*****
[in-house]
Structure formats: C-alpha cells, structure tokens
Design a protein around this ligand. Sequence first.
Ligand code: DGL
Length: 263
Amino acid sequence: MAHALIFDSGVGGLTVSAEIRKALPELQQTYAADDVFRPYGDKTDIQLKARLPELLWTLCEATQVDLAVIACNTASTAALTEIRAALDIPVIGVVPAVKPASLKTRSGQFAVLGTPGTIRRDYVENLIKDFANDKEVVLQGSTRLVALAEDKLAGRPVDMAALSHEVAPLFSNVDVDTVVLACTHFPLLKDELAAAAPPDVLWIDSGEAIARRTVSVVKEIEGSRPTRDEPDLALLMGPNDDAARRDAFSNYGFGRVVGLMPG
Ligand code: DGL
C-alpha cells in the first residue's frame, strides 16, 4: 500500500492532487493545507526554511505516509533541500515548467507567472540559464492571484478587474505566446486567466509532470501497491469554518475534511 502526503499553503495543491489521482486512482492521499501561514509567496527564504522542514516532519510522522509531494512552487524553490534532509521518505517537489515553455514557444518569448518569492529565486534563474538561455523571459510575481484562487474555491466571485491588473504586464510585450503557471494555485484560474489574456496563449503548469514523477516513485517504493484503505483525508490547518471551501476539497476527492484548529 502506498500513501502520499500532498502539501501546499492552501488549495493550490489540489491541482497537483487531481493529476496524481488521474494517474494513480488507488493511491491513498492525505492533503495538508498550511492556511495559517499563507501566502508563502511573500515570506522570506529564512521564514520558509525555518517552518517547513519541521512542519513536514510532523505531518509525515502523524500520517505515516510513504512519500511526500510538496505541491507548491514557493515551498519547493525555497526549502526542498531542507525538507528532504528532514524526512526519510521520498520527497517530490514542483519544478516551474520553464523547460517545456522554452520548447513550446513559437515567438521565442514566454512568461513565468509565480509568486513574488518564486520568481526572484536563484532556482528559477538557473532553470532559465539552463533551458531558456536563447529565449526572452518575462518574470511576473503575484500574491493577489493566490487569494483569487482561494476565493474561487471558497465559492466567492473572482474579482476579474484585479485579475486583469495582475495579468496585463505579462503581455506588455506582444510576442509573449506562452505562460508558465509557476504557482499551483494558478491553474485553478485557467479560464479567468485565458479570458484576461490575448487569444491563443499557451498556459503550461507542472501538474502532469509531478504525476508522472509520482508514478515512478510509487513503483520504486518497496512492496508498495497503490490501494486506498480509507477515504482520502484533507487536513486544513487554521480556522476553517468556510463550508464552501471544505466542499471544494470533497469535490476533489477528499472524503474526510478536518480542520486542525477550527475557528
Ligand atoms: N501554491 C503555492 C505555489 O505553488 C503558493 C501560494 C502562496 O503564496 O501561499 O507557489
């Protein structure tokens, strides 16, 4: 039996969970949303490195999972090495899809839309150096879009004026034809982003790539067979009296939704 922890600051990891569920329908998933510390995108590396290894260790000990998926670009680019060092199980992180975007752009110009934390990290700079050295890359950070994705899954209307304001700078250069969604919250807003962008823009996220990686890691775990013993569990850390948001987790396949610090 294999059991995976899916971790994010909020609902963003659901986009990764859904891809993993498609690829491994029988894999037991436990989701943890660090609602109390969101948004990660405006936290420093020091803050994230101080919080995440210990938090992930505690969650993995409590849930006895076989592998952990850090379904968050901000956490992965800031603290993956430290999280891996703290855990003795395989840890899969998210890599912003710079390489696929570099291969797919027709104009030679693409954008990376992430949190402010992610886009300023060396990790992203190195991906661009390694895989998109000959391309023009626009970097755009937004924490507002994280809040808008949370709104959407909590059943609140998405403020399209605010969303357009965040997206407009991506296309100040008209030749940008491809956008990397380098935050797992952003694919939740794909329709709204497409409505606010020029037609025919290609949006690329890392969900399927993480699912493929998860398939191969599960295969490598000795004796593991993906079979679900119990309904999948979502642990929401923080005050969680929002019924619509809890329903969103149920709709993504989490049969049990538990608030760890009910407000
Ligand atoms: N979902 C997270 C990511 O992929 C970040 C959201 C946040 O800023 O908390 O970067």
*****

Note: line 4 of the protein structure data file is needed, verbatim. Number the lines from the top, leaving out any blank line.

Ligand code: DGL